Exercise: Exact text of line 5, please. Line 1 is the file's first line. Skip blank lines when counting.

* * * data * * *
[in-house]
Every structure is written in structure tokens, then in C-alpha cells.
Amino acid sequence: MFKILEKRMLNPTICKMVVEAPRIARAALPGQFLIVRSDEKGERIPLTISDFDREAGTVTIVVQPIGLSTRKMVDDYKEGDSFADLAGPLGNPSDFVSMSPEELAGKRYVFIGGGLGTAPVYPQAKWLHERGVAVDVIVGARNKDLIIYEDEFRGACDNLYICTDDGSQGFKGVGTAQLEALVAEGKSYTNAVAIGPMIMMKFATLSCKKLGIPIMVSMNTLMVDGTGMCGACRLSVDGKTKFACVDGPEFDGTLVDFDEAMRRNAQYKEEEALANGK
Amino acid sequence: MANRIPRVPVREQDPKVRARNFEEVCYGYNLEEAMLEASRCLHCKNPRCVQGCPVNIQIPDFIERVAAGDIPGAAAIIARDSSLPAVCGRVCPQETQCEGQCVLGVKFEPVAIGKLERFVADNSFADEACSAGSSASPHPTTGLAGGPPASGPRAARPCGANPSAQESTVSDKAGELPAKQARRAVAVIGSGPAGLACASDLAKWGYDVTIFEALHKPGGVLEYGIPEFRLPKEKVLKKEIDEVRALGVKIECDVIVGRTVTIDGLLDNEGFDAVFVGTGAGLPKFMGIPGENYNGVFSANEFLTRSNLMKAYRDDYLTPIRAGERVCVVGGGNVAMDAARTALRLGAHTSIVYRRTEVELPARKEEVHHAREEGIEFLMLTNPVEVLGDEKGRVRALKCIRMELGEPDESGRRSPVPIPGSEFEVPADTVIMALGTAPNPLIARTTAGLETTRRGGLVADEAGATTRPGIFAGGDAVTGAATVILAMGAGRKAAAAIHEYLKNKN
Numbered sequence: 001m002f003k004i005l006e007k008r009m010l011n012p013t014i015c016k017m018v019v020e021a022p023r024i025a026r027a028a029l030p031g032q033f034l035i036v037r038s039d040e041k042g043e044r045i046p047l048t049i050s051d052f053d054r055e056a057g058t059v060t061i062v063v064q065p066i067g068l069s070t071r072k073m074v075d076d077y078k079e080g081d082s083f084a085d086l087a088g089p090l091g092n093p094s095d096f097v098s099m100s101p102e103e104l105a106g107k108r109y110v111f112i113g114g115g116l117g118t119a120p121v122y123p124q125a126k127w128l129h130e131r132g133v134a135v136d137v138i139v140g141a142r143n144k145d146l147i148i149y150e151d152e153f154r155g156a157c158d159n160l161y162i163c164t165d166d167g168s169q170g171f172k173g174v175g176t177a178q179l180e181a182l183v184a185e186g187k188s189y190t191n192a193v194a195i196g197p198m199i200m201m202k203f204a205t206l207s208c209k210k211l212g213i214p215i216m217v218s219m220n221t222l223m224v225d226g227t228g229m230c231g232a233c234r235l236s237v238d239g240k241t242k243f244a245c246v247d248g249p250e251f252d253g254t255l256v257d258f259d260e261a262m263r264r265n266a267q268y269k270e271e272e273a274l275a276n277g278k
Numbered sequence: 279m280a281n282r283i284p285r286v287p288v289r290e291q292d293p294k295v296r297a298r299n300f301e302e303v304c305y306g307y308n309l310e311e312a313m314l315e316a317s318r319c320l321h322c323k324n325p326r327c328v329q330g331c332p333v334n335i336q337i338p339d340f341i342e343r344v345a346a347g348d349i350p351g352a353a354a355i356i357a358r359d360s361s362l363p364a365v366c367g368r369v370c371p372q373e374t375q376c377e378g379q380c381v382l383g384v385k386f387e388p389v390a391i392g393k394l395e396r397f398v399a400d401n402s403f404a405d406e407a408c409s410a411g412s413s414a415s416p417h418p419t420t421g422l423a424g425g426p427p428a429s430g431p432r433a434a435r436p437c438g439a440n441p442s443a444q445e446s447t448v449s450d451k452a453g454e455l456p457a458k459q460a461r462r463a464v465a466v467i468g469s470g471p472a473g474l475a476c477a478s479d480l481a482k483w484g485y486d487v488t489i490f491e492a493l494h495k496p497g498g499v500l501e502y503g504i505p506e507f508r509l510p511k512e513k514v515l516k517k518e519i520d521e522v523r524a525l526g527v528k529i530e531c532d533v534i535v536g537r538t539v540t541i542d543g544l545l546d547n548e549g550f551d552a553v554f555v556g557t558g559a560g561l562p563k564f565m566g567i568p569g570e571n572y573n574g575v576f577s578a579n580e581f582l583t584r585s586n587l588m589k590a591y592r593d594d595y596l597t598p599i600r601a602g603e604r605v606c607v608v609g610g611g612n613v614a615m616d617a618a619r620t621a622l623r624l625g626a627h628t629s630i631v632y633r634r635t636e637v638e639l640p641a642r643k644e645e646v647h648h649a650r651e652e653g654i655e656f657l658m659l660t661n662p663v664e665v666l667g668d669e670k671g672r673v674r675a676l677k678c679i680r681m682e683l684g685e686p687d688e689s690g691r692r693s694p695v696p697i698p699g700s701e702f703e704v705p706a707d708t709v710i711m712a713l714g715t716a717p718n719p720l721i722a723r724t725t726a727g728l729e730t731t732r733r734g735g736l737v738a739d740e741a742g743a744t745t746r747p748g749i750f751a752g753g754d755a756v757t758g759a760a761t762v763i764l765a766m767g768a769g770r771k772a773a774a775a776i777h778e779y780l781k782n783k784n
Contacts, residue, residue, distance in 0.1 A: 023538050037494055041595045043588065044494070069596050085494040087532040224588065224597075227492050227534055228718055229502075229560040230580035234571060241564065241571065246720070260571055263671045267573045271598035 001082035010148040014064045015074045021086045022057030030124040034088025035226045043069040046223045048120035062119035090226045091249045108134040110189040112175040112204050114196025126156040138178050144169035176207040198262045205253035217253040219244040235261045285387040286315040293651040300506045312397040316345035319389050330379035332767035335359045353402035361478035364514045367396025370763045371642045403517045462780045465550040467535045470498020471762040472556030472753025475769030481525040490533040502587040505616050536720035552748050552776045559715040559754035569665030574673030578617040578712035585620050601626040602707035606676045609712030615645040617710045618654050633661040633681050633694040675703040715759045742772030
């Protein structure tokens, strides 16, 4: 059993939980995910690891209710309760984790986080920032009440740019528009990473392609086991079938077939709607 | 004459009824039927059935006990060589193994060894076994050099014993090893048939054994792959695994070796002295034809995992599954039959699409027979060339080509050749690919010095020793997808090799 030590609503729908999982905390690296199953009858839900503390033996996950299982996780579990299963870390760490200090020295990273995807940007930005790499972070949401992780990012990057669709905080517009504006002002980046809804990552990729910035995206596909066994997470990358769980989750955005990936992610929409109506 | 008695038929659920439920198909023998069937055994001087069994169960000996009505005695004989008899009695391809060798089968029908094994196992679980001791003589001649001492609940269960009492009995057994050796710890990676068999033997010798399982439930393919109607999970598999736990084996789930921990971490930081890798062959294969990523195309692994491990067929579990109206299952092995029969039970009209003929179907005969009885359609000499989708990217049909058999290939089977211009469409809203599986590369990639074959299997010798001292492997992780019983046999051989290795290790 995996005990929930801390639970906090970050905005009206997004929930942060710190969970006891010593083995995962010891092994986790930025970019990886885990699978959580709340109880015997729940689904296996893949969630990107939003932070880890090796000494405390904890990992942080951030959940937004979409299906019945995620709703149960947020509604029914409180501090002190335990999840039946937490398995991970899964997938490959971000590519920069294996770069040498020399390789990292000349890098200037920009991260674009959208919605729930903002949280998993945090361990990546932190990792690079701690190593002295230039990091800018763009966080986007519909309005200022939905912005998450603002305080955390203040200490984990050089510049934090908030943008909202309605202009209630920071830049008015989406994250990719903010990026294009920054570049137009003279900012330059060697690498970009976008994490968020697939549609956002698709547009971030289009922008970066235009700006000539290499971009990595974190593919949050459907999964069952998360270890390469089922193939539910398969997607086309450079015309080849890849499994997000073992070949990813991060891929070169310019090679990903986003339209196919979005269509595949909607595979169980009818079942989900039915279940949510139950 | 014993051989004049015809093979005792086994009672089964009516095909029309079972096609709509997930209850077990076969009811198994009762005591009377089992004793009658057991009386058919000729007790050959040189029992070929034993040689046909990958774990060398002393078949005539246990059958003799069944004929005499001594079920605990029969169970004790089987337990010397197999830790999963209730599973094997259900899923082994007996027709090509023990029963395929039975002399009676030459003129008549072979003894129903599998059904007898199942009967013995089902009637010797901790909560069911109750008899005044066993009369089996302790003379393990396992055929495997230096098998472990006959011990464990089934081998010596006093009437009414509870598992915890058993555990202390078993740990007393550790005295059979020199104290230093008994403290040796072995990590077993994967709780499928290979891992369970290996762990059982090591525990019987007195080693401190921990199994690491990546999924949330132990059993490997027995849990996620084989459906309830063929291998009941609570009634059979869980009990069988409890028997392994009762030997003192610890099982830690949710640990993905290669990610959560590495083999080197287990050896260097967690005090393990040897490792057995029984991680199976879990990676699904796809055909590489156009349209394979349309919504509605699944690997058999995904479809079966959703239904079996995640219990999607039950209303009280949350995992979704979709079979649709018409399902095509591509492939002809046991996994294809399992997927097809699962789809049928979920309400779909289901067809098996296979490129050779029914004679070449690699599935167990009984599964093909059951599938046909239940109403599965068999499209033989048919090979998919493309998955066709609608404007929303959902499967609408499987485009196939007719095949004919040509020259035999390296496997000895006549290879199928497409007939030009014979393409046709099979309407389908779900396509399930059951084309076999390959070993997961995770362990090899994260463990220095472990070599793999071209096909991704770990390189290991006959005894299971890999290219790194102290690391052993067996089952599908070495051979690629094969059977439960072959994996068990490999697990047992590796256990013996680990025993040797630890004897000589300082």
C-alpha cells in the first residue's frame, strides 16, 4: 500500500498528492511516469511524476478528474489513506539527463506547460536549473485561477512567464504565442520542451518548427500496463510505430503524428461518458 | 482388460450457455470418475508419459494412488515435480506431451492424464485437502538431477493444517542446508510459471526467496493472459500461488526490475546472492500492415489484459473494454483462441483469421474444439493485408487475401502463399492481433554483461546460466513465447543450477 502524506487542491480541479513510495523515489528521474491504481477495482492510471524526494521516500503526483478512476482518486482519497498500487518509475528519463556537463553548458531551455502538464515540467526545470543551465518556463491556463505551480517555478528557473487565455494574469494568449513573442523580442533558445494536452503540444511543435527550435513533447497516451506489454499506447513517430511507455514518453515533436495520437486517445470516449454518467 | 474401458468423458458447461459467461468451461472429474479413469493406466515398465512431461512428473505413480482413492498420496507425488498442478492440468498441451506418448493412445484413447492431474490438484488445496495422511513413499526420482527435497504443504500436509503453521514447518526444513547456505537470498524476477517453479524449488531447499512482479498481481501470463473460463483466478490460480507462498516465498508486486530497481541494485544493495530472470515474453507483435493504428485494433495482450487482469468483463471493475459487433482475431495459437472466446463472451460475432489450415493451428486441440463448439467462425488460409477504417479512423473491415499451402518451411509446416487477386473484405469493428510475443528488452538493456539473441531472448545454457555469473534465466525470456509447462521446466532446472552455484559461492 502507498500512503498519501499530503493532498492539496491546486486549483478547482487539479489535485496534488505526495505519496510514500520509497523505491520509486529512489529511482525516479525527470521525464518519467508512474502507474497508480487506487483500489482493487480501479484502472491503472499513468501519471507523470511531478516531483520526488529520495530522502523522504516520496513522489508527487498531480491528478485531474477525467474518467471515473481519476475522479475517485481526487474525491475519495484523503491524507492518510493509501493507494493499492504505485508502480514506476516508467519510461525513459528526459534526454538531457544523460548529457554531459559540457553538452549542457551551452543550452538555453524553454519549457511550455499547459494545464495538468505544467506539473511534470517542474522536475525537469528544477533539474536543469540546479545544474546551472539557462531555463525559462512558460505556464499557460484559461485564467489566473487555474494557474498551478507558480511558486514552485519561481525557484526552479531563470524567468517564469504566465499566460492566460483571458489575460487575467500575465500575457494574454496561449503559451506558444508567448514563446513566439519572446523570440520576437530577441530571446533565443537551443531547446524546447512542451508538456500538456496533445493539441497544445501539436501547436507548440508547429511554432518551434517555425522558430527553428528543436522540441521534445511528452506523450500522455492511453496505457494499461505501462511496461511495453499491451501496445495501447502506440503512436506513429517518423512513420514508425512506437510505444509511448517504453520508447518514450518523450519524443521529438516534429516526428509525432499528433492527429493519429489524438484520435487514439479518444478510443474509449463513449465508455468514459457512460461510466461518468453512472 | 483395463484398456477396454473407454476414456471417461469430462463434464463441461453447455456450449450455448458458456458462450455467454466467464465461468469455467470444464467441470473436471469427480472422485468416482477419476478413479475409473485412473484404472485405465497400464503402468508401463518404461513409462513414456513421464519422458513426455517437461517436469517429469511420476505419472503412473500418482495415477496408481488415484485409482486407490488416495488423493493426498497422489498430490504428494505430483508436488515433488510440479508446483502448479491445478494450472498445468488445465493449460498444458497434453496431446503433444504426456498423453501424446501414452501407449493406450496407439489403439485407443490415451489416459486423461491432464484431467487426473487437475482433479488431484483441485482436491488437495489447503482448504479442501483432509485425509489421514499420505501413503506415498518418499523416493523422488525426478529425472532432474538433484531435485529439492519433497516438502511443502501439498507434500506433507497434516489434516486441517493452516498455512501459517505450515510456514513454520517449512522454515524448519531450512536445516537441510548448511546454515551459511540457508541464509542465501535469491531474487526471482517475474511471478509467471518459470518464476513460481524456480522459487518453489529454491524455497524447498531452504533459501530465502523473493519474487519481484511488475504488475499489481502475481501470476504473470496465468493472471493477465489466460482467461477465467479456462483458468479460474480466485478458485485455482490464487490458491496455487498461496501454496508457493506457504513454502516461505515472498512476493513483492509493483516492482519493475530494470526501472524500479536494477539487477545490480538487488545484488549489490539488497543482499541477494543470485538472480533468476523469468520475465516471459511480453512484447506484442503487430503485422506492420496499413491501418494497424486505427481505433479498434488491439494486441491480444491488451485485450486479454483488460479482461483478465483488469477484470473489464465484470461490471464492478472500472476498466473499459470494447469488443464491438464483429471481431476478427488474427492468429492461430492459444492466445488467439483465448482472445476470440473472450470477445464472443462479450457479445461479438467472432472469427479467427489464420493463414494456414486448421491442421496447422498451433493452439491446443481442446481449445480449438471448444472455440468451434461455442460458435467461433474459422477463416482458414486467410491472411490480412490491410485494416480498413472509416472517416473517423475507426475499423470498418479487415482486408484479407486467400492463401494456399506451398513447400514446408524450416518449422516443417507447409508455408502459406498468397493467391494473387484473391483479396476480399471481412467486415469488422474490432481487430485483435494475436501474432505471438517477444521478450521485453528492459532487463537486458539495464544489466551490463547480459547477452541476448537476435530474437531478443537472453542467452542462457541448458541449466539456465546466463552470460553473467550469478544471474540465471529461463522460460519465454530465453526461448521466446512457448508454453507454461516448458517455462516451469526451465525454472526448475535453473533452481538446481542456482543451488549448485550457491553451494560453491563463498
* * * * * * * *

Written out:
Numbered sequence: 001m002f003k004i005l006e007k008r009m010l011n012p013t014i015c016k017m018v019v020e021a022p023r024i025a026r027a028a029l030p031g032q033f034l035i036v037r038s039d040e041k042g043e044r045i046p047l048t049i050s051d052f053d054r055e056a057g058t059v060t061i062v063v064q065p066i067g068l069s070t071r072k073m074v075d076d077y078k079e080g081d082s083f084a085d086l087a088g089p090l091g092n093p094s095d096f097v098s099m100s101p102e103e104l105a106g107k108r109y110v111f112i113g114g115g116l117g118t119a120p121v122y123p124q125a126k127w128l129h130e131r132g133v134a135v136d137v138i139v140g141a142r143n144k145d146l147i148i149y150e151d152e153f154r155g156a157c158d159n160l161y162i163c164t165d166d167g168s169q170g171f172k173g174v175g176t177a178q179l180e181a182l183v184a185e186g187k188s189y190t191n192a193v194a195i196g197p198m199i200m201m202k203f204a205t206l207s208c209k210k211l212g213i214p215i216m217v218s219m220n221t222l223m224v225d226g227t228g229m230c231g232a233c234r235l236s237v238d239g240k241t242k243f244a245c246v247d248g249p250e251f252d253g254t255l256v257d258f259d260e261a262m263r264r265n266a267q268y269k270e271e272e273a274l275a276n277g278k